Historical Society looks at state hospital, Wahl's life

The history of the former state hospital in Anoka will be the subject of a program at 2 p.m. March 14 at the Rum River Library, 4201 6th Av., Anoka. The presentation by the Anoka County Historical Society also will touch on the debate about treatment of mental illness. The program is free and open to the public.

On March 28, a documentary about Rosalie Wahl, the first woman to serve on the state Supreme Court, will be screened at Circle Pines City Hall, 200 Civic Heights Circle, Circle Pines. Tickets are $7 ($5 for society members) and registration is required. For more information, call 763-421-0600 or go to



Gun permit applications went down in 2014

The Dakota County Sheriff's Office accepted 3,052 gun applications for permits to carry, purchase and renew in 2014, the agency said. That number was down 33.9 percent from 2013 and about the same as 2012.

The notable increase in 2013 — to 4,620 permits — was attributed to the December 2012 shooting at Sandy Hook Elementary School in Newtown, Conn., which spurred many gun control discussions and debates.

According to the Minnesota Bureau of Criminal Apprehension, permits issued in the state were down 31 percent in 2014. Dakota County had the third-most permits issued, behind Hennepin and Anoka counties. As of Dec. 31, there were 13,127 permits issued in Dakota County.



Hovland is new chief of transportation board

Edina Mayor Jim Hovland has been chosen to serve as chair of the Transportation Advisory Board. Hovland is one of 17 elected officials on the 33-member board, which reviews and selects local transportation projects for federal funding. Hovland's selection was announced by Metropolitan Council Chairman Adam Duininck.

"I have the utmost respect for and confidence in Mayor Hovland," said Duininck. "He has a leadership style that brings people together to work toward consensus and I know he will do a great job." Hovland has served as Edina's mayor since 2005, and was first elected to the Edina City Council in 1997. "I am honored to be considered for this appointment by the council," said Hovland.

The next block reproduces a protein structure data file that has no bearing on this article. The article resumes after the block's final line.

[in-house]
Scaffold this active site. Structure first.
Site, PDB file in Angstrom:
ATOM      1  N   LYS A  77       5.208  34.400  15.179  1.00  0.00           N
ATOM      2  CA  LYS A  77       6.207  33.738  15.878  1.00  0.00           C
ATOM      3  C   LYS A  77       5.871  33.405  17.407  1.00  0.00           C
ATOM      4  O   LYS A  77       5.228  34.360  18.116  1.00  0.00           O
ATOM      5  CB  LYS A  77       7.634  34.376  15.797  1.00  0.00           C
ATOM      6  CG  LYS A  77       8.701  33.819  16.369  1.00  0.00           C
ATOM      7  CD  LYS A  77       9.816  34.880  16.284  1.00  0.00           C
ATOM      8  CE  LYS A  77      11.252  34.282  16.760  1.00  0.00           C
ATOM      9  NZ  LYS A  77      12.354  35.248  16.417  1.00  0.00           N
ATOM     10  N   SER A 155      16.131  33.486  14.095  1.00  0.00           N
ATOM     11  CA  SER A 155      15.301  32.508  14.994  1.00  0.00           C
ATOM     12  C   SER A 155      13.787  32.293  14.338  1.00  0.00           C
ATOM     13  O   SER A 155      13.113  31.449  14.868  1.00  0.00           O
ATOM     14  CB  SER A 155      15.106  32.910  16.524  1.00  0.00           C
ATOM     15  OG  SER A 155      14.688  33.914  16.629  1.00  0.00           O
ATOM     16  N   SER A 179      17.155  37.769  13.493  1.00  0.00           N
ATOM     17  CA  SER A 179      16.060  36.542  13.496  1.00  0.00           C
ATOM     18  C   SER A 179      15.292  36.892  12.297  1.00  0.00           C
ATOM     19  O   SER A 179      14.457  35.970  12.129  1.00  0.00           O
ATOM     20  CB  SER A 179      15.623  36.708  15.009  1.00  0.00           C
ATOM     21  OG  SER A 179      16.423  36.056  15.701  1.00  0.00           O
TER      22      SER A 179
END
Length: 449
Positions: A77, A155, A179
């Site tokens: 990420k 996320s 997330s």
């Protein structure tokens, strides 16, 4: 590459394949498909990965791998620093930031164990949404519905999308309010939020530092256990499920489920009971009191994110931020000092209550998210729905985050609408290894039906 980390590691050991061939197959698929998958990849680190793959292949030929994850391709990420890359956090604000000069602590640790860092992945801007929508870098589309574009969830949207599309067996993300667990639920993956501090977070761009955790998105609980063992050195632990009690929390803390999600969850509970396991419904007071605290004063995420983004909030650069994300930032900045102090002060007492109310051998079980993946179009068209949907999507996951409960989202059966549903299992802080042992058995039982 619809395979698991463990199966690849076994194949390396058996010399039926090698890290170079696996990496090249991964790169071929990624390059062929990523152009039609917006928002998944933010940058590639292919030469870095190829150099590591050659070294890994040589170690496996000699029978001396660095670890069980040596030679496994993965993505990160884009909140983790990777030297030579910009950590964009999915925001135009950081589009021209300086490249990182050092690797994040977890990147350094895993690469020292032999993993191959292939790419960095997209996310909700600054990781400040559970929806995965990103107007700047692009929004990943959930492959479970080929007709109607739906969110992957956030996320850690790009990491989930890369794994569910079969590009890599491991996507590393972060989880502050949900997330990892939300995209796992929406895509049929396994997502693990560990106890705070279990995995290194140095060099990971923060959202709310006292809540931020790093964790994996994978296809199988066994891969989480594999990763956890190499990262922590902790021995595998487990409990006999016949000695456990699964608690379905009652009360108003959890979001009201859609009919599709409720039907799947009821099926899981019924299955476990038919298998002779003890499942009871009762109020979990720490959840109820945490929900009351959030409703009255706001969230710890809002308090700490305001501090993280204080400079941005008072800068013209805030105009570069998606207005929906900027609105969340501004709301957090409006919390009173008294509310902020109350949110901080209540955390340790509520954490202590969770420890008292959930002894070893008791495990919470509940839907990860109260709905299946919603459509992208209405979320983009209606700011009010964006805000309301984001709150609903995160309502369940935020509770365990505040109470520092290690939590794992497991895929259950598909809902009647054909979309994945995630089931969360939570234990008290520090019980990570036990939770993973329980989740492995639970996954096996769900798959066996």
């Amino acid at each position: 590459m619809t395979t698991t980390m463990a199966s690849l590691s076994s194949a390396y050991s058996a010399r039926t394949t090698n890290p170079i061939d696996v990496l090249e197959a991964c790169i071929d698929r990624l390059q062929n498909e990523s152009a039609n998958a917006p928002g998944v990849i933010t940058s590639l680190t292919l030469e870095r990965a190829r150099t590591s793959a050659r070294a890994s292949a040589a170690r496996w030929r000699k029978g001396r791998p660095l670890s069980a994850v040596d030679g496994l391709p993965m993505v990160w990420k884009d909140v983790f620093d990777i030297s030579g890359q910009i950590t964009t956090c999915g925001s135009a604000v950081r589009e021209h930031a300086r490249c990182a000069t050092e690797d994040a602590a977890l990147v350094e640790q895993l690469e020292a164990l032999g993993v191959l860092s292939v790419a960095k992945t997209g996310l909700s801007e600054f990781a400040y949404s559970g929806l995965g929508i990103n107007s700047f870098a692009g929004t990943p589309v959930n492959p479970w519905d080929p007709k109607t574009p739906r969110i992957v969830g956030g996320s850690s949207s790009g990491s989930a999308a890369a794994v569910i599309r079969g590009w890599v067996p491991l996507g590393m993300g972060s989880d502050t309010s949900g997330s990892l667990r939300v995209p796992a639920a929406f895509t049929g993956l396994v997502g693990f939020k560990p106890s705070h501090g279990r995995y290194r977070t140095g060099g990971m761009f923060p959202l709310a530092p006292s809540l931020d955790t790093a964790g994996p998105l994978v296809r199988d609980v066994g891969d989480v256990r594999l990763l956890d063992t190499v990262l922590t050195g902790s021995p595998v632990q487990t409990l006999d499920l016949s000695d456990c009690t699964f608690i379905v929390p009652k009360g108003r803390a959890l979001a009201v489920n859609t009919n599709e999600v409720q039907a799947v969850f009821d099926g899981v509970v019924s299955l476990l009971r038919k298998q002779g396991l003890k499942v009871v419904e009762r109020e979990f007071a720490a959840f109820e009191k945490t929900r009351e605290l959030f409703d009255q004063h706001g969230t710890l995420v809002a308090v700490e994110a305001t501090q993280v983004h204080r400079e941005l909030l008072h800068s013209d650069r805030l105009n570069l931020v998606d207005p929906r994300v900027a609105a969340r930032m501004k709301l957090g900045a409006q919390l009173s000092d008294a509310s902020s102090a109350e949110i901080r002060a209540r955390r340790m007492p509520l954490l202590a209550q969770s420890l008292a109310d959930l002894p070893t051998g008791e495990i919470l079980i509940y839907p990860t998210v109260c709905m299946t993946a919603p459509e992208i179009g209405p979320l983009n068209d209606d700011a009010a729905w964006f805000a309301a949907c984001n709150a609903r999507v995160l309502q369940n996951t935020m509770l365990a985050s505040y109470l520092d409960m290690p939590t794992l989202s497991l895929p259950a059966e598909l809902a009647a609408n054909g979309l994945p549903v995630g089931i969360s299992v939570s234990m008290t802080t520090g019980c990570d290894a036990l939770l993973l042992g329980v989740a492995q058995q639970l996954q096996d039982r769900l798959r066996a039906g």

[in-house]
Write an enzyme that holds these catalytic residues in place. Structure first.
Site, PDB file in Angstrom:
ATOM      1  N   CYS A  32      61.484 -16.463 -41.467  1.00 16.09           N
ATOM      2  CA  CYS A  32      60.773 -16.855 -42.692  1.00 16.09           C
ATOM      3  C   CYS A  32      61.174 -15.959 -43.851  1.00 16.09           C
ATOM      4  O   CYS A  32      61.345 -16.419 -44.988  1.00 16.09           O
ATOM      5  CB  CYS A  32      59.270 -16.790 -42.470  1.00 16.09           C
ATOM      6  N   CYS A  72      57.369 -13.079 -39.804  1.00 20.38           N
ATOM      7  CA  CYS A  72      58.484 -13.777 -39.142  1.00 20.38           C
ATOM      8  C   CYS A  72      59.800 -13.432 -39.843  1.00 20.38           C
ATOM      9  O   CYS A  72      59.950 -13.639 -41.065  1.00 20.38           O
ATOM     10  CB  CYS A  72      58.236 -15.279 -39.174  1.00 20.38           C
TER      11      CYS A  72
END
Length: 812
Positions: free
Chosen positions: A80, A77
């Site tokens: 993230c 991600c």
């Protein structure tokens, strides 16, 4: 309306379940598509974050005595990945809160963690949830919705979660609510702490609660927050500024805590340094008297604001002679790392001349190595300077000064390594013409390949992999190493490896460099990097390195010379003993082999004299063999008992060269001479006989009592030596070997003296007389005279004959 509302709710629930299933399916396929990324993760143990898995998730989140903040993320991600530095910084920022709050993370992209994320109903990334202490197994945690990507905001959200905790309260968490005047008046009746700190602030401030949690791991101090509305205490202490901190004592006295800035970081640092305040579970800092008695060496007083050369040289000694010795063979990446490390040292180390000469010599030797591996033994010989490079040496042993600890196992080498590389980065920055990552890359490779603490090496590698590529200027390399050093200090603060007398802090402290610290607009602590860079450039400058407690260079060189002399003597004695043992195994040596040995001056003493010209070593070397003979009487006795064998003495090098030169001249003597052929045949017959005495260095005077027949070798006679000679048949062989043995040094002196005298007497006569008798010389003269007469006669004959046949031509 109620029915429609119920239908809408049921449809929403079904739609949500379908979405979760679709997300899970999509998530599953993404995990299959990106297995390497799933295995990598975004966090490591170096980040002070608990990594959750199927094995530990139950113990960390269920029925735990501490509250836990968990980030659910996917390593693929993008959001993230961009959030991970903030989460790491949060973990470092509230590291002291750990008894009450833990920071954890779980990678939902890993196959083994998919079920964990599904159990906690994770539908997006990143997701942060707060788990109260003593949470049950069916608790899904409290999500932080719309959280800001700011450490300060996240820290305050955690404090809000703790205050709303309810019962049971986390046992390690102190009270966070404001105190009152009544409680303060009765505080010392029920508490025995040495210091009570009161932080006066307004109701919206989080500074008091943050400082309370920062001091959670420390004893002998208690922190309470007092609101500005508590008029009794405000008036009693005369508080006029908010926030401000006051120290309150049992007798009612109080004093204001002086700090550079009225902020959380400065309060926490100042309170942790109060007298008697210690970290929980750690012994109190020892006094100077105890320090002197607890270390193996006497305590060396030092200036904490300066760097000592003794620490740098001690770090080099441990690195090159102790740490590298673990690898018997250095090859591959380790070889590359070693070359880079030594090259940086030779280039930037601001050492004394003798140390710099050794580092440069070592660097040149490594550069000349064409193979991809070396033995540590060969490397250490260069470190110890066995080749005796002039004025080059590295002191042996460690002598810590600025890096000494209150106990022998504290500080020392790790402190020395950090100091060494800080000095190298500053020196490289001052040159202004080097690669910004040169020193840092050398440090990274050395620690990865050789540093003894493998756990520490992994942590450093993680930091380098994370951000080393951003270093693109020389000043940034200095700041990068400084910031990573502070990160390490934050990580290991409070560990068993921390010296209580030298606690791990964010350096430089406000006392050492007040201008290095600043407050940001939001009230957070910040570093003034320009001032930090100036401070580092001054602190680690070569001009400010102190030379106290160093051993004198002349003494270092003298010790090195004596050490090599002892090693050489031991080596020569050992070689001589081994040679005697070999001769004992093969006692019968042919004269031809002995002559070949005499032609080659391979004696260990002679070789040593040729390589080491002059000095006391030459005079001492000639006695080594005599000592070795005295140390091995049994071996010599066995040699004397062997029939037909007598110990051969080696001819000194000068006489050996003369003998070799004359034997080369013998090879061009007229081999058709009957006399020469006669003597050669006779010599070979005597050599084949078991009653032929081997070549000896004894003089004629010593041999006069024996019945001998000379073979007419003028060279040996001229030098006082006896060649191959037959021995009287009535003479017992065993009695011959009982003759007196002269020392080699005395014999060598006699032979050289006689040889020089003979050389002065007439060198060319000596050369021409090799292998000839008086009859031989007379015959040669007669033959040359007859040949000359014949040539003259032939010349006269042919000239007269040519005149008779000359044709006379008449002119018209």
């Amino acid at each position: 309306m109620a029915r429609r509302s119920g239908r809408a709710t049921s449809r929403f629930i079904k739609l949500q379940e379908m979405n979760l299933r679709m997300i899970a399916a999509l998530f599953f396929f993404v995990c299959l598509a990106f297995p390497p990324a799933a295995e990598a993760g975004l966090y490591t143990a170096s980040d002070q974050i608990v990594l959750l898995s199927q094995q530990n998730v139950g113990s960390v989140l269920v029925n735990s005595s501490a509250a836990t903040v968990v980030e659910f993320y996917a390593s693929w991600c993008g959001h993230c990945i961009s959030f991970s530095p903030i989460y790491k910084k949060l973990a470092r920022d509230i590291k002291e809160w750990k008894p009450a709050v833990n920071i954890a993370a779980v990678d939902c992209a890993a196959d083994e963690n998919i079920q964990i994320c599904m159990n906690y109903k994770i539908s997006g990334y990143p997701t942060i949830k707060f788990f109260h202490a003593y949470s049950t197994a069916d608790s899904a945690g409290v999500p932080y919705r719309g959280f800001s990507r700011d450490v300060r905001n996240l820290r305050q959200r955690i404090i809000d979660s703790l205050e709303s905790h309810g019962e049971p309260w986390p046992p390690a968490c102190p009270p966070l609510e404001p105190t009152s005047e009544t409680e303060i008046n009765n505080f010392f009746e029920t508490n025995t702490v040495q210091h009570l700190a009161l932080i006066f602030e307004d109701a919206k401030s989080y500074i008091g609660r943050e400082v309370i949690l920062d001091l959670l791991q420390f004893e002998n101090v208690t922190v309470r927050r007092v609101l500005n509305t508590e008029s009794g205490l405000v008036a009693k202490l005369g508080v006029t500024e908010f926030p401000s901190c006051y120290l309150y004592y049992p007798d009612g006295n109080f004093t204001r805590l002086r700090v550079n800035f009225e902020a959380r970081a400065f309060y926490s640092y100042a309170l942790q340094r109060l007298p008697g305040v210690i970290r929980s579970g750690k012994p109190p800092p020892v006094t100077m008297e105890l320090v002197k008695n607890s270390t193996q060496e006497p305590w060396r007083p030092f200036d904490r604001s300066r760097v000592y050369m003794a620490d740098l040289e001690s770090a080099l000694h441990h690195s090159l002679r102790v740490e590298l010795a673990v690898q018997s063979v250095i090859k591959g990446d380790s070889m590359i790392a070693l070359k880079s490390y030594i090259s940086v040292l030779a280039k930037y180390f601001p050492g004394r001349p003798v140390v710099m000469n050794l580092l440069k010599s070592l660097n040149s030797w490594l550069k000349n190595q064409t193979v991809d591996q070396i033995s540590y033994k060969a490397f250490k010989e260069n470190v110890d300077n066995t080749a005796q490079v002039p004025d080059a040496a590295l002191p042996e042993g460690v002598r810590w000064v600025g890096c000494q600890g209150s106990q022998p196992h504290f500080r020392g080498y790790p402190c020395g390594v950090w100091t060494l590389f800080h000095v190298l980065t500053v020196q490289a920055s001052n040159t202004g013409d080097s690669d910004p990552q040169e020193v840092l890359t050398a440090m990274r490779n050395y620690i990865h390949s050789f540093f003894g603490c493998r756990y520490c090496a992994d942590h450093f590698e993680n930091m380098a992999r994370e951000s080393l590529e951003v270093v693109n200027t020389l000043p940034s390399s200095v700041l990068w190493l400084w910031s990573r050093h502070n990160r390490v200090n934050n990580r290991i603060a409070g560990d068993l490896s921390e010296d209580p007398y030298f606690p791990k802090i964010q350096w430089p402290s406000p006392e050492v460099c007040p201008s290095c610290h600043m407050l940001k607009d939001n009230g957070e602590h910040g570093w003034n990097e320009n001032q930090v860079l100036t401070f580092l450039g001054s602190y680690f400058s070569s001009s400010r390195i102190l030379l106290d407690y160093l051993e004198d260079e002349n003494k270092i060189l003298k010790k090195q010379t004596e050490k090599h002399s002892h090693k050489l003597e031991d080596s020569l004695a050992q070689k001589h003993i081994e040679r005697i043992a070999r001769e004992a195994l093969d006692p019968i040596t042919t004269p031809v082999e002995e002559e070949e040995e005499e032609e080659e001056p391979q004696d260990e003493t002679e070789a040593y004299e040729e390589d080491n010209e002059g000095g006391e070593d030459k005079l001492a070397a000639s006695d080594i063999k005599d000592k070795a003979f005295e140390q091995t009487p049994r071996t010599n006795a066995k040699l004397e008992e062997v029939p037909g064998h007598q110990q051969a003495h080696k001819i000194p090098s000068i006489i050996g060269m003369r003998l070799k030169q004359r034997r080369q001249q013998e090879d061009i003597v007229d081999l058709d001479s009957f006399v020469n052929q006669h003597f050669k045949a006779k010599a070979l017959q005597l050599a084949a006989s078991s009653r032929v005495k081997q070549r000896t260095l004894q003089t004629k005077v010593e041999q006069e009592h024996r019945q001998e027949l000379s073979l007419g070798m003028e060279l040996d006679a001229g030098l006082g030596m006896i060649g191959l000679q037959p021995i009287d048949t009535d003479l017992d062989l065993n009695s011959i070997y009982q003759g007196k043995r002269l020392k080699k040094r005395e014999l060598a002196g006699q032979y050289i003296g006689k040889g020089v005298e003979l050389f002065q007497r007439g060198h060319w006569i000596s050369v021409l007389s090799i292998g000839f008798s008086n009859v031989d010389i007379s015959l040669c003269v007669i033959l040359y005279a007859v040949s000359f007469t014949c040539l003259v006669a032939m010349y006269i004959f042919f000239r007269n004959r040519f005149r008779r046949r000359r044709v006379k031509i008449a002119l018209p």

Event to benefit Lake Minnetonka programs

The Lake Minnetonka Conservation District will hold its 48th annual Save the Lake banquet next week, raising money for programs on Lake Minnetonka.

The event, which will start at 6 p.m. March 19 at the Lafayette Club, benefits the Save the Lake Fund, supporting programs outside of the agency's budget for public safety, environmental and recreational needs on the lake. The event includes dinner, a keynote from state Department of Natural Resources Commissioner Tom Landwehr and a live auction.

Tickets cost $60 per person; reservations are due by March 9. For more info, go to



City adopts 'aggressive' approach to water use

Woodbury is pledging to try to keep its water use flat through 2030, even though it expects to grow by 15,000 people by then.

The city will stress the need to dial back on lawn sprinkling. Water use leaps from 4 million gallons a day in winter to 10 million in the summer, mostly because of lawns.

An inch of water a week, including rainfall, keeps grass healthy, said Klayton Eckles, director of engineering and public works.

The price of failing to use water sustainably, the city warns, could be to pipe it from the Mississippi River, tripling the cost vs. pumping from aquifers.

The city is working on strategies to meet its goal, including two-day-a-week sprinkling at some public sites. It will urge citizens to use "responsible lawn irrigation practices."

david peterson